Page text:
So how can nonprofits begin to build this equity into what they do?
To answer that, the closing keynote, The Tech That Comes Next: Reimagining Digital Access to Build an Equitable World, focused on building systemic inclusion through technology.
“An equitable world requires that we value accessibility as a priority from the start in all technology and social impact work,” said Amy Sample Ward, CEO of NTEN and co-author, with Afua Bruce, of “The Tech That Comes Next.”
Bruce and Ward recommend that technologists, nonprofit leaders and philanthropists spend time developing a long-term sustainability plan for their technology and thinking about how the community is going to use it in the future. For policymakers and regulators, they urge a focus on narrowing the digital divide and prioritizing access to broadband and other services.
“The reality is we all have a role to play regardless of where you fit,” Bruce said. “How is your staff supported to align tech with the community’s needs? How do you think about including tech in your strategic plan, even in things such as job descriptions? These are the questions we want people to ask.”
Bruce and Ward also advise nonprofit leaders to learn more about security and data privacy to protect the vulnerable populations they serve. Activities like data collection, when threatened by privacy concerns, can lead to unintended negative consequences for community members.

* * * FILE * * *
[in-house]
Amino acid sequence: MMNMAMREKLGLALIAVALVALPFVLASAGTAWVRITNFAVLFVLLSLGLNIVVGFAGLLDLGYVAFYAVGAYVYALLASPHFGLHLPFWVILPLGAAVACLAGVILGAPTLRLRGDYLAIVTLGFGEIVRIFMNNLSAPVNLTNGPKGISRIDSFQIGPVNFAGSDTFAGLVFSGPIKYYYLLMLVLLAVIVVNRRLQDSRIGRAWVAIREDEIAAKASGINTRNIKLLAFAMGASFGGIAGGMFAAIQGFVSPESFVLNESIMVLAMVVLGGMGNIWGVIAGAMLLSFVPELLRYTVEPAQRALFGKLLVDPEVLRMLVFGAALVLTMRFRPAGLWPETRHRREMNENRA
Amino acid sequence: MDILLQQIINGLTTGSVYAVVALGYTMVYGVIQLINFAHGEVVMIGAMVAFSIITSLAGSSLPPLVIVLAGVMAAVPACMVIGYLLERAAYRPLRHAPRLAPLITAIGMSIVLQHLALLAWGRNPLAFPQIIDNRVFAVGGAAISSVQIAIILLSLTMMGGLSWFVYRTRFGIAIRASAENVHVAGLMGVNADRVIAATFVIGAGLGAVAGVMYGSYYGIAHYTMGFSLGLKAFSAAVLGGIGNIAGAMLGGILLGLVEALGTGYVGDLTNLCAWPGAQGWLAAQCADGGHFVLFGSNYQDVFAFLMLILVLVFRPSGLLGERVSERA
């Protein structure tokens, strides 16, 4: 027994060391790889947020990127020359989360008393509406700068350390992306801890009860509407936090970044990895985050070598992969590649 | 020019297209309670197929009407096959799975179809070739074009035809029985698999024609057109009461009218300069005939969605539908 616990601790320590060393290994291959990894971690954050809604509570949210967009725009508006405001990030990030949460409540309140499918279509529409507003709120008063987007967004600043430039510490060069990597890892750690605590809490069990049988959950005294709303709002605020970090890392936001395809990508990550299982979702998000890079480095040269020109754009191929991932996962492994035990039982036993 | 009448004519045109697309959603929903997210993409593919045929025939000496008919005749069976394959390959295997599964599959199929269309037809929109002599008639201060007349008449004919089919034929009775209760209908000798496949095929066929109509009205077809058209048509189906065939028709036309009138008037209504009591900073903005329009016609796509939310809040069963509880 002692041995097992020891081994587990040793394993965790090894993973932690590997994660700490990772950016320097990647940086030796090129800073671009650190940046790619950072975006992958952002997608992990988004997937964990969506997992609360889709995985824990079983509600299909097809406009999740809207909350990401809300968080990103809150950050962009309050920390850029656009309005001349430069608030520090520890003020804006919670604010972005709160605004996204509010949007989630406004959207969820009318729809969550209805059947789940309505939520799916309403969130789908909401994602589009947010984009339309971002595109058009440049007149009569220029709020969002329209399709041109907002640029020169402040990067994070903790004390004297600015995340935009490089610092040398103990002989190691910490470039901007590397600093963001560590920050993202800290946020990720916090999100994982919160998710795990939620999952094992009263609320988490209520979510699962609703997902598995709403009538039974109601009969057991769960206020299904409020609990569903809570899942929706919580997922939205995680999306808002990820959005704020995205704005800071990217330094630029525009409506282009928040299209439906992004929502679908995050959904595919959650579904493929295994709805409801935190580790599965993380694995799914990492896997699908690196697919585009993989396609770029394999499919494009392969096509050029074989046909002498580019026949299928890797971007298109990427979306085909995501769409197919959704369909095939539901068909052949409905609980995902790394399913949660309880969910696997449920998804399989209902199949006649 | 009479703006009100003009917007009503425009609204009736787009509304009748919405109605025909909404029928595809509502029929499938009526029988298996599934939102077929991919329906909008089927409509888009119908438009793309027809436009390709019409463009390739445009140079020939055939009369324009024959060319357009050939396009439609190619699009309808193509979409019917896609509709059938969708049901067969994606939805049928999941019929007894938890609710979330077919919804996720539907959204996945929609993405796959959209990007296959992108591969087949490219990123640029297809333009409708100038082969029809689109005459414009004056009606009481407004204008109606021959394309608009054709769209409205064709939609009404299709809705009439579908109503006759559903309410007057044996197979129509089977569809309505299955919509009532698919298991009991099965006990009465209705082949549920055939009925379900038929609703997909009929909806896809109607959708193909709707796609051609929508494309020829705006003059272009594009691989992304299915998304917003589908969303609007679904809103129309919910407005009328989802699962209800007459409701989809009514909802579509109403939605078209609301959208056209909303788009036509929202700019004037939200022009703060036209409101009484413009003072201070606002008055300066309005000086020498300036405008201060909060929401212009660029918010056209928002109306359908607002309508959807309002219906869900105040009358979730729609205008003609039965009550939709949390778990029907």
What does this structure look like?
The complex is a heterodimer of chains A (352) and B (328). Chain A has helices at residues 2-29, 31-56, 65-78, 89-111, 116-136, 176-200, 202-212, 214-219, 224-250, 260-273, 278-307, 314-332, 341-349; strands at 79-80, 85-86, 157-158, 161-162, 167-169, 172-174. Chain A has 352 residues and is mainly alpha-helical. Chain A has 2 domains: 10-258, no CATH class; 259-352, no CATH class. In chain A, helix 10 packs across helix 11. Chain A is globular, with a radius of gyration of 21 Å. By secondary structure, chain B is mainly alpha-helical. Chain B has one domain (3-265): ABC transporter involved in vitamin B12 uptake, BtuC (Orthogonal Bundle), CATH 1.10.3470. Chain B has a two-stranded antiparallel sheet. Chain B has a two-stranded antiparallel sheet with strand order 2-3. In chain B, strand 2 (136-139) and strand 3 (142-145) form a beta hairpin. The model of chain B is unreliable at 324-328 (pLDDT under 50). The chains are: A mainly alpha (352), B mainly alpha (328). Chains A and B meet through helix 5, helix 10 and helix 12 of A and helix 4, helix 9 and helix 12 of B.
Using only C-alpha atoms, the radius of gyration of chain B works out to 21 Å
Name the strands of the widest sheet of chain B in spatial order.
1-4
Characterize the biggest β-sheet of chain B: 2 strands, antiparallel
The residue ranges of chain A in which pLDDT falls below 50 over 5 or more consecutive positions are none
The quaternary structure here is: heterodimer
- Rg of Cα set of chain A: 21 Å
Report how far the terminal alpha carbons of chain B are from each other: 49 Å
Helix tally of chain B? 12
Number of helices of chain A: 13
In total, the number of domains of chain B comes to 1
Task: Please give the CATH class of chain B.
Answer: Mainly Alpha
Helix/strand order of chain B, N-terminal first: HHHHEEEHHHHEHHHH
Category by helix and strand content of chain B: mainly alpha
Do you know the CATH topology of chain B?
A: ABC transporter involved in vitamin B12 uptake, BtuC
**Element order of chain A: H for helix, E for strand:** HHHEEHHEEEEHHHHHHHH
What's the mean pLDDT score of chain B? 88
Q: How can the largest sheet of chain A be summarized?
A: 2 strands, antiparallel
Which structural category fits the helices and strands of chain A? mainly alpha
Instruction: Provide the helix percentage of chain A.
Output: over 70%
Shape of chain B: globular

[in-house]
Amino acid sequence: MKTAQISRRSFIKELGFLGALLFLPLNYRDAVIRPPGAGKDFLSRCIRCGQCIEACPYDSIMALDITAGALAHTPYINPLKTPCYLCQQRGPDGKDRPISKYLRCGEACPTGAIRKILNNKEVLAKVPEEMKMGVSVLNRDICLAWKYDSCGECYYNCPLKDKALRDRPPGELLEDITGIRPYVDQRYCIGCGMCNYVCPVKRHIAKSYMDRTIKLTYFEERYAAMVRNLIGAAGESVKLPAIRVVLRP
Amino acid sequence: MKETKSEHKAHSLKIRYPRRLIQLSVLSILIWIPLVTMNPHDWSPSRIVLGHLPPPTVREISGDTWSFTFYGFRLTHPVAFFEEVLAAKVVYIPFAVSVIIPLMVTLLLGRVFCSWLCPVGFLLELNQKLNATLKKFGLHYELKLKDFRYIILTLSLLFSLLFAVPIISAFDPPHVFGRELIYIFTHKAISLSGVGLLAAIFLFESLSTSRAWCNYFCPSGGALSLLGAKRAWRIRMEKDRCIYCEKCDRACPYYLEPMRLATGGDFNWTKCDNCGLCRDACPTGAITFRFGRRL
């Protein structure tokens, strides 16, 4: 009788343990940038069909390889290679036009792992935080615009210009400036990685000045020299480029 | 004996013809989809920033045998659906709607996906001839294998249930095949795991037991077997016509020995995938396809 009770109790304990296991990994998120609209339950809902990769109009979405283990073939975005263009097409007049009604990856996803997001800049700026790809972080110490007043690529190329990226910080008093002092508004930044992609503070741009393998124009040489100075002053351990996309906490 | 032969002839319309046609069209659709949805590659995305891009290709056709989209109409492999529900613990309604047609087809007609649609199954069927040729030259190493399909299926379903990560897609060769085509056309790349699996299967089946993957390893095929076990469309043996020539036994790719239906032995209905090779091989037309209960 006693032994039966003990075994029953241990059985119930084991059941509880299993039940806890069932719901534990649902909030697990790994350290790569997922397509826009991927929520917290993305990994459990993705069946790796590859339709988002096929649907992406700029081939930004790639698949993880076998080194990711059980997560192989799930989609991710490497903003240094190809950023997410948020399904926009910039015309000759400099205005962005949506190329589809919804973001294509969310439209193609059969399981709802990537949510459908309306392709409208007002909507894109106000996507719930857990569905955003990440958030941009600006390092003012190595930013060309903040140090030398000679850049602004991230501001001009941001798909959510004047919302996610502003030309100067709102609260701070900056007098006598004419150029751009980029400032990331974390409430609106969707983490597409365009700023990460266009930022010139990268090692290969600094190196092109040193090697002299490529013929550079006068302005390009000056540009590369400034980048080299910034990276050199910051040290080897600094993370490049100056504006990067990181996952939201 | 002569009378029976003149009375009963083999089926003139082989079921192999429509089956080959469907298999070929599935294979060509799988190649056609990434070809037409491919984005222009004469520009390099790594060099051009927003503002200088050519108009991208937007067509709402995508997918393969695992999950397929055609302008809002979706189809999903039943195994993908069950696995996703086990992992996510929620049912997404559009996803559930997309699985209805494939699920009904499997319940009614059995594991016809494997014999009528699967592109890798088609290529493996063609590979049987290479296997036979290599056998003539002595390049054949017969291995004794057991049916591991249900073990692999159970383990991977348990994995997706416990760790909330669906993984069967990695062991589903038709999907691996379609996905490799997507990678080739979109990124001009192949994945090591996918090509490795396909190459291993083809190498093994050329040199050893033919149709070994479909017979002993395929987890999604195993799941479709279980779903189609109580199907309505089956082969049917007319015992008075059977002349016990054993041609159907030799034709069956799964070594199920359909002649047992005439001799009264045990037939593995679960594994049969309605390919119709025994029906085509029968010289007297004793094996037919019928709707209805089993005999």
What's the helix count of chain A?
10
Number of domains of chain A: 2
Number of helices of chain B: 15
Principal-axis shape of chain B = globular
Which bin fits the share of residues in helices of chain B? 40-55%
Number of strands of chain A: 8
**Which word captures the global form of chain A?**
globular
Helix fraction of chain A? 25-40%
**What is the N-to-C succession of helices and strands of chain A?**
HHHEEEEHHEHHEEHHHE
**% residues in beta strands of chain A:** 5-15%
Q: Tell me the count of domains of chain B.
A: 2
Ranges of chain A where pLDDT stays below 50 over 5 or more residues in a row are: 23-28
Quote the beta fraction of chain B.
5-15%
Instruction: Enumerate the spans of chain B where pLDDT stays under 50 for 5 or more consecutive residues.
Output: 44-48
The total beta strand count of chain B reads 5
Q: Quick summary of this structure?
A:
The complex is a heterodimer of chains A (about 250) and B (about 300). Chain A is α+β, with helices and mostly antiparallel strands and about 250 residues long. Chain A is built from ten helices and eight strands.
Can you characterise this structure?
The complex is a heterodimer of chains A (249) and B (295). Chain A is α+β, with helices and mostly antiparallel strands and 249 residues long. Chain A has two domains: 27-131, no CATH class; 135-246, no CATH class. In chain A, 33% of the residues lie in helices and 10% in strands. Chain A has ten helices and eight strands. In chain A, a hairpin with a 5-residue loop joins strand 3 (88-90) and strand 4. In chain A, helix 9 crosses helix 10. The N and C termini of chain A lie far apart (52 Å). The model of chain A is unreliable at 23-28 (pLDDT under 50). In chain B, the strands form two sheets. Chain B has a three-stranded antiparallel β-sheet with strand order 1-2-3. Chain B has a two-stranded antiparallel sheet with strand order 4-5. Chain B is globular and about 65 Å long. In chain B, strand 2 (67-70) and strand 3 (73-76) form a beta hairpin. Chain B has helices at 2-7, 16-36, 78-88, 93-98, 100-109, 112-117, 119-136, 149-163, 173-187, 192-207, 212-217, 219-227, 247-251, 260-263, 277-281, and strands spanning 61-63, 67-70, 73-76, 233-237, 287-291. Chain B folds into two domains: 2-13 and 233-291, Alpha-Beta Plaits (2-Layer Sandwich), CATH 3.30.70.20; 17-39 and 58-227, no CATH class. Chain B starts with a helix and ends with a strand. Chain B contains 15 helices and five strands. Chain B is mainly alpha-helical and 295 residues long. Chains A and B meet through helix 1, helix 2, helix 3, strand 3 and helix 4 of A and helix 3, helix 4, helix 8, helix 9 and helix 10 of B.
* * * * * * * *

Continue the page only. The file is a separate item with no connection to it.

Speakers Afua Bruce and Amy Sample Ward, Co-Authors of “The Tech That Comes Next"
Resilience for a stronger future
By anticipating tomorrow’s challenges and equipping ourselves with the knowledge to address them, we can foster resilience in our organizations.
It’s also just as important to encourage growth in the nonprofit sector as a whole. To imagine and plan a better future for the communities that nonprofits serve, collaboration will continue to be key.
“In nonprofits, we can be so engrossed in our work, we don’t see what other organizations are doing,” said participant Phillip Konecki of Jewish Family Service of Greater Dallas. “We have to come out, take a breath and see what other people are doing. [The Summit] is our chance to see it in person. Other nonprofits are doing work we can’t. This is giving us a chance to network and learn what other resources are available.”
Through Capital One’s Impact Initiative, we are listening to, partnering with, and investing in small businesses and nonprofits to advance economic mobility and increase social capital with the aim to close gaps in equity and opportunity and foster well-being in our communities. Check out our stories of impact to learn more about how Capital One is investing in nonprofits.
About the Reimagine Communities Summit Survey
The survey was conducted between October 12 and October 15, 2022 among a sample of 300 nonprofit workers. Results from the full survey have a margin of error of plus or minus 6 percentage points. Interviews were conducted online and the data were unweighted.